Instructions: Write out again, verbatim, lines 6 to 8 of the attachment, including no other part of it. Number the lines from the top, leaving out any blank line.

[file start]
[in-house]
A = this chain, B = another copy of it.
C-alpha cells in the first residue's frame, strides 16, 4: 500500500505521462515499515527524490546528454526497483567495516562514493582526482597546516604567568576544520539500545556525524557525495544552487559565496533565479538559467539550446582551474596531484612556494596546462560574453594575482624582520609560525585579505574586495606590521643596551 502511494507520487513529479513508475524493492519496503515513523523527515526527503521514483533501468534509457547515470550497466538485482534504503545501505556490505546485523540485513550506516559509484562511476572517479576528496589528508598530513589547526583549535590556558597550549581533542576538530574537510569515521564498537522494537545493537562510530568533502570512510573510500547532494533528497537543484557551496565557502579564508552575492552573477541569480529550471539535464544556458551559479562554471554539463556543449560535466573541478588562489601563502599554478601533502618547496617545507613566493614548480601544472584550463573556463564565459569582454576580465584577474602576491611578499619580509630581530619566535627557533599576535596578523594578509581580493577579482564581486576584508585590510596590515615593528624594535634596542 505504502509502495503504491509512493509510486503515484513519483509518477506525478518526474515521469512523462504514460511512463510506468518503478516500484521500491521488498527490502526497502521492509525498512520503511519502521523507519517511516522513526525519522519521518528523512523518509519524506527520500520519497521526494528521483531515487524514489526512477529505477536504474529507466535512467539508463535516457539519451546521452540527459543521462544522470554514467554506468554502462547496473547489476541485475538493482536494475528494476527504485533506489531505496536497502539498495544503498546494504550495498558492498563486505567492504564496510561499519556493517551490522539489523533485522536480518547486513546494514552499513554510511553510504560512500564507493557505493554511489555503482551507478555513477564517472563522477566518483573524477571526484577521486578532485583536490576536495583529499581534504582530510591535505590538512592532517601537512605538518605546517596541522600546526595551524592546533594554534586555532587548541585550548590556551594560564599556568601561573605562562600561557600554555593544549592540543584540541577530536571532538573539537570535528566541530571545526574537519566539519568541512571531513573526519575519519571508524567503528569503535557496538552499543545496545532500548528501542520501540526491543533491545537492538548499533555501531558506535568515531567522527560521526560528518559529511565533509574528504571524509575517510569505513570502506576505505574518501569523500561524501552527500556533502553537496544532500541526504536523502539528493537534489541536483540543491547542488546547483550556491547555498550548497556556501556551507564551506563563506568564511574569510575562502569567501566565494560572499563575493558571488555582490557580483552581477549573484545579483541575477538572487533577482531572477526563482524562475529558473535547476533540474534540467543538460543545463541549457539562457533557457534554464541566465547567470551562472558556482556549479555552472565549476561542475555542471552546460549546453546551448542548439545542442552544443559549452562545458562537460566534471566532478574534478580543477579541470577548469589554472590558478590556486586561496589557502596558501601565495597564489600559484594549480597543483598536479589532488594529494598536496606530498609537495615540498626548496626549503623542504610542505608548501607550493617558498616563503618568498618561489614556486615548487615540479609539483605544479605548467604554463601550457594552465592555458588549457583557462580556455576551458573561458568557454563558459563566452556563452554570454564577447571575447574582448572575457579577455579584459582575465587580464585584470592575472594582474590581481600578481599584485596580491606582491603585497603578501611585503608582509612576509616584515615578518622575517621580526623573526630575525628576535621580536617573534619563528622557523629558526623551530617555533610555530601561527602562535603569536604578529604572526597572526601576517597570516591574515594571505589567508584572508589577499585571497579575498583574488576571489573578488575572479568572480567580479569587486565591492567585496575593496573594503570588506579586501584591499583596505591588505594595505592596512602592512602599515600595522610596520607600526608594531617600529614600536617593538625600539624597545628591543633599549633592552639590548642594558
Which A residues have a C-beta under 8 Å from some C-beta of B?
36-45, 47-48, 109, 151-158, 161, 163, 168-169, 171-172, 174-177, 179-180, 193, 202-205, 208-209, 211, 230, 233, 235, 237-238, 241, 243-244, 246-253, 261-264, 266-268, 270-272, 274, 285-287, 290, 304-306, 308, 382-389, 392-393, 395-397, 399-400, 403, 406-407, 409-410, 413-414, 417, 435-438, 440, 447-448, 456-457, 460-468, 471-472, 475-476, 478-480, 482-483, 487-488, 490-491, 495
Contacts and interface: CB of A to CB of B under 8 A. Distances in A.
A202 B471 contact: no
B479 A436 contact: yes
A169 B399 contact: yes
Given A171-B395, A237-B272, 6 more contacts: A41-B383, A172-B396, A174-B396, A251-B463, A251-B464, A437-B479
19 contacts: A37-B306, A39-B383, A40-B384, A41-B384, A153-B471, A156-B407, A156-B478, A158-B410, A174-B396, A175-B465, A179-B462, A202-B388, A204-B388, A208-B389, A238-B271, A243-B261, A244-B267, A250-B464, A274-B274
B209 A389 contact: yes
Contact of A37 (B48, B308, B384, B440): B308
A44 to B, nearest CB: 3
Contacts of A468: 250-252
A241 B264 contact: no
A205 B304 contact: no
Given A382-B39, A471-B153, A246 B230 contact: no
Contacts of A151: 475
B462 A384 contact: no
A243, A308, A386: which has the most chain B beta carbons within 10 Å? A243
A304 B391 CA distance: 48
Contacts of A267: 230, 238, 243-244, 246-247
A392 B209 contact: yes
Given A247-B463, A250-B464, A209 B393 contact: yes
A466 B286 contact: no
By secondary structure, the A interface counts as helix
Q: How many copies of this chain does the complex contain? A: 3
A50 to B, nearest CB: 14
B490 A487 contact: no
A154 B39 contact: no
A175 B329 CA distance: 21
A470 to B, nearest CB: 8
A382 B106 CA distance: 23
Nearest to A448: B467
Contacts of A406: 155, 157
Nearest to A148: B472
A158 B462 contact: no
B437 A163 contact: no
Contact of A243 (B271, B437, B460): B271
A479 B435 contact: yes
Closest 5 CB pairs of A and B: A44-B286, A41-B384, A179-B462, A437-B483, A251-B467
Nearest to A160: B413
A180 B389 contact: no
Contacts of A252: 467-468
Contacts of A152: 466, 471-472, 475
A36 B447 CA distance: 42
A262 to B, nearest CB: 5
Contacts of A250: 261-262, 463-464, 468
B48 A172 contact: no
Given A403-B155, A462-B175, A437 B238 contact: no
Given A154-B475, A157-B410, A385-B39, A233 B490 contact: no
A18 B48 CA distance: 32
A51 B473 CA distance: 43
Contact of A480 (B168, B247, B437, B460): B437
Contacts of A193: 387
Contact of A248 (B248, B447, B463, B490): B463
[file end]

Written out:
Contacts and interface: CB of A to CB of B under 8 A. Distances in A.
A202 B471 contact: no
B479 A436 contact: yes